Hundreds of women working in Hollywood's entertainment industry have unveiled an initiative to help victims of sexual harassment in the US. It aims to ensure survivors have access to justice and support.
More than 300 women working for Hollywood as top actors, directors, writers and other media executives on Monday launched an initiative to combat widespread sexual harassment across the United States.
An open letter, published as a full-page ad in the New York Times and the Spanish-language La Opinion, introduced the "Time's Up" campaign, outlining a call for change that demands accountability from perpetrators, access to justice and support for victims and survivors, and gender equality.
"We also want all victims and survivors to be able to access justice and support for the wrongdoing they have endured," the letter adds.
"We particularly want to lift up the voices, power and strength of women working in low-wage industries where the lack of financial stability makes them vulnerable to high rates of gender-based violence and exploitation."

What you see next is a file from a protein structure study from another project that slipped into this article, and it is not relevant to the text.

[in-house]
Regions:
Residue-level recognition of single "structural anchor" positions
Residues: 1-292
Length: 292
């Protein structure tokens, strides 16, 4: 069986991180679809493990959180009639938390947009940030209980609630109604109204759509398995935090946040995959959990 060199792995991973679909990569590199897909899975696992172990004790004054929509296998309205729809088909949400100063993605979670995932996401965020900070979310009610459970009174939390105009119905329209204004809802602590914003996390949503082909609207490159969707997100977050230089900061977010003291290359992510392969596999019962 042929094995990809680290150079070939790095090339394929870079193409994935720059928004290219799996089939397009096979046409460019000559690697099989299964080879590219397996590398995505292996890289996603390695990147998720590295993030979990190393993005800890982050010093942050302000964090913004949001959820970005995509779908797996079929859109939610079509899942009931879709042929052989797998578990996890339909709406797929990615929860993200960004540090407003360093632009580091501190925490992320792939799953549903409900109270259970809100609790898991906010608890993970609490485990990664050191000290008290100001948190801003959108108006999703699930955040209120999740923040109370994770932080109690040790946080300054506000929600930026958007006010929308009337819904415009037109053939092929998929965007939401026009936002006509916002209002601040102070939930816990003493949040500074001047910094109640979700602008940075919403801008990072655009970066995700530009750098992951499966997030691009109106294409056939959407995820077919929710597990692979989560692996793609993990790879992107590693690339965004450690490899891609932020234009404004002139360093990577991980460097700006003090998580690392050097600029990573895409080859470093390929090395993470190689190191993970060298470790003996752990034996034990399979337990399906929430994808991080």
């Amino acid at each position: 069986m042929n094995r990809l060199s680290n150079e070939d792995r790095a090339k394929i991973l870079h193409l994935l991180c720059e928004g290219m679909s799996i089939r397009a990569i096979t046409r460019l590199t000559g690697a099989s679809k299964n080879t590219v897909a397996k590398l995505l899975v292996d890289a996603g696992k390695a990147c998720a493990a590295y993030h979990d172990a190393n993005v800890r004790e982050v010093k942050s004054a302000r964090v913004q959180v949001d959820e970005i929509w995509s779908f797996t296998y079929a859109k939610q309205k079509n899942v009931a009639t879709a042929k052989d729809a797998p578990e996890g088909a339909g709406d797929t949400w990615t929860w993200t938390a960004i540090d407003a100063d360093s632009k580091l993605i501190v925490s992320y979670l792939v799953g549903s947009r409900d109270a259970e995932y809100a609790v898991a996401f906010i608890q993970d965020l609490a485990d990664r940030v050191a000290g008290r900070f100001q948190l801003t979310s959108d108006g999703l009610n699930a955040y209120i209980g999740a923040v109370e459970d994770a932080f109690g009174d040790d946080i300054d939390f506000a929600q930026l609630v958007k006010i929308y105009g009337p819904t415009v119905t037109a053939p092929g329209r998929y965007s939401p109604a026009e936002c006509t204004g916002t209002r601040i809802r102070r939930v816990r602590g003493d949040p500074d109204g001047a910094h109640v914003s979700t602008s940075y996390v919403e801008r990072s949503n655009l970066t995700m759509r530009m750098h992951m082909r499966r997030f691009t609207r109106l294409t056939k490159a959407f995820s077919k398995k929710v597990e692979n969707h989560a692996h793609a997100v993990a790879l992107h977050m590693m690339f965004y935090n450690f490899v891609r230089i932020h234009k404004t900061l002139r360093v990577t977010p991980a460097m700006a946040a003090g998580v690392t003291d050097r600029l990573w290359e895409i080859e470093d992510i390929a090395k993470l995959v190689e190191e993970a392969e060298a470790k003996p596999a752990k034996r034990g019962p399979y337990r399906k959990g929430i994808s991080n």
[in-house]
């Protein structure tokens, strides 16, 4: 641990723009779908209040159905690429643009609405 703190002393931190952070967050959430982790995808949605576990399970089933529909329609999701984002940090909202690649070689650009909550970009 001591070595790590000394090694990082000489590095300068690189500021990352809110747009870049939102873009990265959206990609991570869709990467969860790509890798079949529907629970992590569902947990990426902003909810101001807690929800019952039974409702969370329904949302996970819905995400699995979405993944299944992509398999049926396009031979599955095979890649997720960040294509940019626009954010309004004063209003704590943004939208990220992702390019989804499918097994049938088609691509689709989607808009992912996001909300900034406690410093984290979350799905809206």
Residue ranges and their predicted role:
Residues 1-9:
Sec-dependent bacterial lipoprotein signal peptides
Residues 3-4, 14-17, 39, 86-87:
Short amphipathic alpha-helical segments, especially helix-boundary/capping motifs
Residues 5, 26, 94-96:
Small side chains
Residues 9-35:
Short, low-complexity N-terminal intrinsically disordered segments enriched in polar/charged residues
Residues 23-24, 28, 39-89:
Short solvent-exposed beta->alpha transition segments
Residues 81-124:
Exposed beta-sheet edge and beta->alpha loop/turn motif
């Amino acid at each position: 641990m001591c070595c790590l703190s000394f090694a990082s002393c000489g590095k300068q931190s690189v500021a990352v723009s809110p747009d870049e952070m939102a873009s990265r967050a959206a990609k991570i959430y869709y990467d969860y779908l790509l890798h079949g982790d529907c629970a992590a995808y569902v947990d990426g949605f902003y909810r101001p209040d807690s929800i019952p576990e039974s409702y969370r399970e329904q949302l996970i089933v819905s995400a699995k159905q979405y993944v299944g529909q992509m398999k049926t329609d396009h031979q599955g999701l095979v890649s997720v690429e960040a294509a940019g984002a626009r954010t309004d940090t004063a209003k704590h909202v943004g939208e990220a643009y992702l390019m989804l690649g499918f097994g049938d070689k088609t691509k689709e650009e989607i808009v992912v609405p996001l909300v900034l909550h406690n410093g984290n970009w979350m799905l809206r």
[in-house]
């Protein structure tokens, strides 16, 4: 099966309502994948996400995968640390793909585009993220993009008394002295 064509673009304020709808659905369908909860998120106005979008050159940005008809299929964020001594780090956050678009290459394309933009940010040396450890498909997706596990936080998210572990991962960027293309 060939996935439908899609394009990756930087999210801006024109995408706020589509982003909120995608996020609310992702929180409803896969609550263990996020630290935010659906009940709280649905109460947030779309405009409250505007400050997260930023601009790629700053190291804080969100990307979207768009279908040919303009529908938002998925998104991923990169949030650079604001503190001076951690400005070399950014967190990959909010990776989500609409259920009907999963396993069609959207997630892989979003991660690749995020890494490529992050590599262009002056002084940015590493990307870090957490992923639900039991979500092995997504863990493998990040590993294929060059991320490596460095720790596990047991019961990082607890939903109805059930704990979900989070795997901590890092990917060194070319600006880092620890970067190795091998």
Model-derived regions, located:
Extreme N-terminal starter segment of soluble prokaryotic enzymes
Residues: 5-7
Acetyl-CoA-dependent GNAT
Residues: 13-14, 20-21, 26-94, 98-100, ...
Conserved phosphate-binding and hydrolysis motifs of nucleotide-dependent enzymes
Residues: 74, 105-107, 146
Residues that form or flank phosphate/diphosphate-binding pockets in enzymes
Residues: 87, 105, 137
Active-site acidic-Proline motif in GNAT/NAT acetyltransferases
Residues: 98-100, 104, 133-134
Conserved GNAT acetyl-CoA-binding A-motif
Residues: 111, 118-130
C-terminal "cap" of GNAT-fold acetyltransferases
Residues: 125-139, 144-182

Imbalance of power
The letter emphasized the role systematic gender inequality and imbalance of power played in fostering an environment that is "ripe for abuse and harassment against women."
"Harassment too often persists because perpetrators and employers never have consequences. This is often because survivors, particularly those working in low-wage industries, don't have the resources to fight back," the letter says.
“The struggle for women to break in, to rise up the ranks and to simply be heard and acknowledged in male-dominated workplaces must end; time’s up on this impenetrable monopoly," it continues.
Time's Up supporters include actors Meryl Streep, Ashley Judd, Alyssa Milano, Cate Blanchett, Charlize Theron, Eva Longoria and Reese Witherspoon, feminist writer Gloria Steinem and lawyer and ex-Michelle Obama chief of staff Tina Tchen. Tchen will assist in leading the Legal Defense Fund.
The campaign has asked that women walking the red carpet at the Golden Globes ceremony in on January 7 show their support and raise awareness of the campaign by wearing black.
The movement comes after a flood of allegations disrupted or ended the careers of powerful male leaders in not only entertainment but also in big business, politics and the media, sparked by the Harvey Weinstein sexual misconduct scandal.
In early December, Time magazine announced that its Person of the Year for 2017 was "the Silence Breakers," referring to everyone who had come forward about sexual harassment and assault and cast light on a pervasive behavior that has long gone ignored or covered up. The #MeToo movement saw thousands of women share their stories of sexual harrassment.